Article

Cass, Lewis (09 October 1782–17 June 1866), political leader and presidential candidate, was born in Exeter, New Hampshire, the oldest child of Jonathan Cass, a skilled craftsman, revolutionary war veteran, soldier, and landowner, and Mary Gilman, daughter of a wealthy merchant. Both parents’ families had emigrated to New England in the seventeenth century. Cass was educated at Phillips Exeter Academy between 1792 and 1799, briefly taught school in Delaware, and then moved to Marietta in the Ohio territory, where his family had gone while his father served in the army on the frontier. Cass studied law in a local law office and established a practice in Zanesville, Ohio, where he married Elizabeth Spencer, a doctor’s daughter, in 1806. The family grew to include four daughters and one son....

Article

Cummings, Homer Stillé (30 April 1870–10 September 1956), attorney, Democratic party leader, and attorney general of the United States, was born in Chicago, Illinois, the son of Uriah C. Cummings, a businessman, and Audie Schuyler Stillé. Educated at the Heathcote School in upstate New York, the Sheffield School of Engineering of Yale University, and the Yale Law School, from which he graduated in 1893, Cummings opened a legal practice in Stamford, Connecticut, soon thereafter and formed a partnership with Charles D. Lockwood that lasted until he joined the ...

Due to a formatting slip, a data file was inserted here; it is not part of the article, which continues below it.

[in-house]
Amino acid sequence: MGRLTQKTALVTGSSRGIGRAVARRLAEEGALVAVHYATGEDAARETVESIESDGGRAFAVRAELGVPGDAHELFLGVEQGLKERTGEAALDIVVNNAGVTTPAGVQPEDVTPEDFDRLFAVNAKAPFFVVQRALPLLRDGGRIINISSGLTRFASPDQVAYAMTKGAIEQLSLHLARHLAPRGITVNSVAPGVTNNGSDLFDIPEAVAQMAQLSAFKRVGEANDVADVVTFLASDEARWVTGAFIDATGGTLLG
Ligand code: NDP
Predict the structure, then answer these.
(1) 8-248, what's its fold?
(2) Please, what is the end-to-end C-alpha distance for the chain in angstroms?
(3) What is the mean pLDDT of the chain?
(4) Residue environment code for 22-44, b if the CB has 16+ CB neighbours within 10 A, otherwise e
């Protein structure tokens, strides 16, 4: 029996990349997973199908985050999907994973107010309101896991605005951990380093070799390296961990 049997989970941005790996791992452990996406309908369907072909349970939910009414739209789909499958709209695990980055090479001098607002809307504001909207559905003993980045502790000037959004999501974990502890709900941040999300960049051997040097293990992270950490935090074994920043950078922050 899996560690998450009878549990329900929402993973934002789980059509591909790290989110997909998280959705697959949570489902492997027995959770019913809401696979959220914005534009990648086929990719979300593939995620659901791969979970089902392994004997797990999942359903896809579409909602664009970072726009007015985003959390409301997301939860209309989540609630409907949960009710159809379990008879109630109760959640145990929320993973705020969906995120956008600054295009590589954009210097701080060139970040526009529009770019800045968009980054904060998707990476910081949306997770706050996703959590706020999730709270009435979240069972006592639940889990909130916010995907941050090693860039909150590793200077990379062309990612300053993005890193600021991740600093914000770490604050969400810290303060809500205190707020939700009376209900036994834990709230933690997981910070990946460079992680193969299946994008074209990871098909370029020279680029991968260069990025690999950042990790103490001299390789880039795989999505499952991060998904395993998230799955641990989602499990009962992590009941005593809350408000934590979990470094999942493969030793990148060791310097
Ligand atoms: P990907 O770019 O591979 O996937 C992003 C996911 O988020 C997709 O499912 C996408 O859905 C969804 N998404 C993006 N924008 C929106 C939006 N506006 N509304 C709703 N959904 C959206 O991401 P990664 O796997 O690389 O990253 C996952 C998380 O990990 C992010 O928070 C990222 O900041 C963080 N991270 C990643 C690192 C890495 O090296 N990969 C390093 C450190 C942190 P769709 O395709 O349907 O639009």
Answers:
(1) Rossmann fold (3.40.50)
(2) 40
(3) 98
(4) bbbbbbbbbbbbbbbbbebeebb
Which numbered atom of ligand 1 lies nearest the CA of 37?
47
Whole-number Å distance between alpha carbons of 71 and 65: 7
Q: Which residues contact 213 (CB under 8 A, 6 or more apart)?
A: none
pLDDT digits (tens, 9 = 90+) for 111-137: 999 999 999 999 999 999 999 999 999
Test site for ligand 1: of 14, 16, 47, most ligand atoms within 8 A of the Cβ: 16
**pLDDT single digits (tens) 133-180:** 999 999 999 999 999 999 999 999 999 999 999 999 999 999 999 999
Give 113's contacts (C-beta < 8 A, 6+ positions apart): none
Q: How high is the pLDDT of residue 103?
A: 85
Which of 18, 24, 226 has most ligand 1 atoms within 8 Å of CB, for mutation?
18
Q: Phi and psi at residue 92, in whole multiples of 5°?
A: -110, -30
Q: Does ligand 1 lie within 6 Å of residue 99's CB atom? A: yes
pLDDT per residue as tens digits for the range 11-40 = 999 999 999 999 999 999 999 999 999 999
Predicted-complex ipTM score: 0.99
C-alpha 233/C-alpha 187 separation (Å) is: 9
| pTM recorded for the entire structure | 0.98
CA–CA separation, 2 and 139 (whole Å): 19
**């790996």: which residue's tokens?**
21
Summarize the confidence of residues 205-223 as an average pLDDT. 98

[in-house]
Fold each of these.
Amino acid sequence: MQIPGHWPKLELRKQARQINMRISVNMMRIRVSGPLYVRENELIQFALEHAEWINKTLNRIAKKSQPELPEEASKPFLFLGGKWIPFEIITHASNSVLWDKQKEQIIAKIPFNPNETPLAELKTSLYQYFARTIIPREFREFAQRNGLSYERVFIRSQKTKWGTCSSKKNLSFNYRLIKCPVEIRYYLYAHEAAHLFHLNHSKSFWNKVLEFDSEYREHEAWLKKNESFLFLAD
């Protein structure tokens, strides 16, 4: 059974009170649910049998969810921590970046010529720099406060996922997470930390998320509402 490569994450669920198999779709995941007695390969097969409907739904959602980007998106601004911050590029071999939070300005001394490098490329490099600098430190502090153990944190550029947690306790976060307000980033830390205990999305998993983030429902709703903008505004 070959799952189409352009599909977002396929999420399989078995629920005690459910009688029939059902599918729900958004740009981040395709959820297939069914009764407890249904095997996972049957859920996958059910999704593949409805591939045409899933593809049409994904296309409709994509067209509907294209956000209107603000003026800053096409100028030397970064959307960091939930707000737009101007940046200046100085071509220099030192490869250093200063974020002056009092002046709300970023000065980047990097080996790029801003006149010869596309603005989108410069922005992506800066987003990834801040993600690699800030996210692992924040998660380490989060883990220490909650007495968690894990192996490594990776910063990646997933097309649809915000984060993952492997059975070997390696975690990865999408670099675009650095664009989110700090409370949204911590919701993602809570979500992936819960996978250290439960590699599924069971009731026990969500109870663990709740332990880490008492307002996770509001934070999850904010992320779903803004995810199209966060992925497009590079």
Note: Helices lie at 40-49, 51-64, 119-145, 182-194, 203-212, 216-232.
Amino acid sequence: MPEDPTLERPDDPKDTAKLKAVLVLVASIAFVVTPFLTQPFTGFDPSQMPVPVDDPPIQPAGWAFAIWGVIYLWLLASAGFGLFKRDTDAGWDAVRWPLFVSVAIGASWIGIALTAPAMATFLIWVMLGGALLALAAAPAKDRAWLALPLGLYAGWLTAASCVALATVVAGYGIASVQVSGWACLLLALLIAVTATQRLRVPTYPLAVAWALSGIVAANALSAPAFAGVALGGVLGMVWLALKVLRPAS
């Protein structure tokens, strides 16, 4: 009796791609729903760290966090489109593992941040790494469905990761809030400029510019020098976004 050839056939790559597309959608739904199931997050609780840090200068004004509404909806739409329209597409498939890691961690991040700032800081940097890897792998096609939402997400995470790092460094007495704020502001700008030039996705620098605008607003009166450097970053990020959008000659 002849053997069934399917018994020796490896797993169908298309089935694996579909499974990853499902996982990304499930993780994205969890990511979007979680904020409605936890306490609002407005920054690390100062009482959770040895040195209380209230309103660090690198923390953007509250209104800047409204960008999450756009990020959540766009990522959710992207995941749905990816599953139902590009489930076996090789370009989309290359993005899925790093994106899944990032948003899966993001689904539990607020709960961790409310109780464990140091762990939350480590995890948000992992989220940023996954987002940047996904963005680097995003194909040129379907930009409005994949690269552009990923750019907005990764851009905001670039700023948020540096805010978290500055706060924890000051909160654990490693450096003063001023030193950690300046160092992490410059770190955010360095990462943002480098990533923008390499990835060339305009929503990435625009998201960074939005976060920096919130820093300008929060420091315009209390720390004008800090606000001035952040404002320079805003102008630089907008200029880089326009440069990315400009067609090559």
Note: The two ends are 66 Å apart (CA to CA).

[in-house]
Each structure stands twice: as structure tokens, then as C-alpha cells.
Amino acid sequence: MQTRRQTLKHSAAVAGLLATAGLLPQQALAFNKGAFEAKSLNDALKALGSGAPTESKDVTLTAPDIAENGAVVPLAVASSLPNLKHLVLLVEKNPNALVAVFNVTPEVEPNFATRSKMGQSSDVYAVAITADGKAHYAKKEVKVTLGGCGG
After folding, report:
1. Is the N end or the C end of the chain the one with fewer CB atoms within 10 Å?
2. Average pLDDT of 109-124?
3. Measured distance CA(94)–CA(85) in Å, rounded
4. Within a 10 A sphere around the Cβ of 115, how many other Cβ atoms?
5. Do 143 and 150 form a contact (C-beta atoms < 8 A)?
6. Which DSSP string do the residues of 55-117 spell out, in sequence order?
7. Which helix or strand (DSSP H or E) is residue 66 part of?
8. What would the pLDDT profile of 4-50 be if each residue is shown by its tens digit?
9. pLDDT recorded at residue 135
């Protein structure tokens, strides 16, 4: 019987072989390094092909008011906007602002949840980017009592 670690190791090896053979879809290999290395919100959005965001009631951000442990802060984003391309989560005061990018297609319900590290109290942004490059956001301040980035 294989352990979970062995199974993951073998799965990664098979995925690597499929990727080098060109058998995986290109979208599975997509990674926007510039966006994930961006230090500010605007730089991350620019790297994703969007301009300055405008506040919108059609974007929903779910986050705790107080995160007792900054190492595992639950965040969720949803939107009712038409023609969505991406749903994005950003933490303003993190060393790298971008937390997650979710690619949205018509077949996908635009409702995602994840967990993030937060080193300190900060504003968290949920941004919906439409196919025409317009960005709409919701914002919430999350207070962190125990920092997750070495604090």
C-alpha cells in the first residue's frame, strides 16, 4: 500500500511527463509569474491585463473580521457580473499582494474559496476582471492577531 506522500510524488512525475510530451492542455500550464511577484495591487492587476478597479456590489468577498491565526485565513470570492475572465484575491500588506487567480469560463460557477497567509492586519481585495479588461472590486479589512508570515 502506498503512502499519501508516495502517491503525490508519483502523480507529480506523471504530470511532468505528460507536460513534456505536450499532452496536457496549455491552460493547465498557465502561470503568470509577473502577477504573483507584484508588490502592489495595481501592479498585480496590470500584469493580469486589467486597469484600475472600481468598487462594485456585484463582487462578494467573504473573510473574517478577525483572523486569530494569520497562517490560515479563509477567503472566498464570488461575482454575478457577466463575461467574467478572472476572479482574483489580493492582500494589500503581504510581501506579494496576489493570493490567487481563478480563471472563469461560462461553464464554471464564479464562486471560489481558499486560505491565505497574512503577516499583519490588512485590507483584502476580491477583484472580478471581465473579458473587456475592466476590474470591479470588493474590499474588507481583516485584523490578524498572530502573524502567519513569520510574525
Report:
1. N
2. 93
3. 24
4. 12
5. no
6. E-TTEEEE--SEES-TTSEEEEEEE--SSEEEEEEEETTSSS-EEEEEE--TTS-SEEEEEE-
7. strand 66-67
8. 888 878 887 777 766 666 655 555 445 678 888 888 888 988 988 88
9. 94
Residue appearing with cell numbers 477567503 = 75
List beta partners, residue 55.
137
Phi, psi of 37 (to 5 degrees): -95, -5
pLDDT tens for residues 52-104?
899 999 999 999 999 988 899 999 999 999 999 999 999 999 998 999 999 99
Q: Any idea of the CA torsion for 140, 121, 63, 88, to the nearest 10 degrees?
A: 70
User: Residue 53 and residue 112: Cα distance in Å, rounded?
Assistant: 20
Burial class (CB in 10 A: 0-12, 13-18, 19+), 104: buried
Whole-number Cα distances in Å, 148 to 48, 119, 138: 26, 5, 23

Article

Dorr, Thomas Wilson (05 November 1805–27 December 1854), political and social reformer, was born in Providence, Rhode Island, the son of Sullivan Dorr, a wealthy merchant and business leader, and Lydia Allen, a prominent socialite and sister of noted inventor Zechariah Allen and Rhode Island governor and U.S. senator ...

Article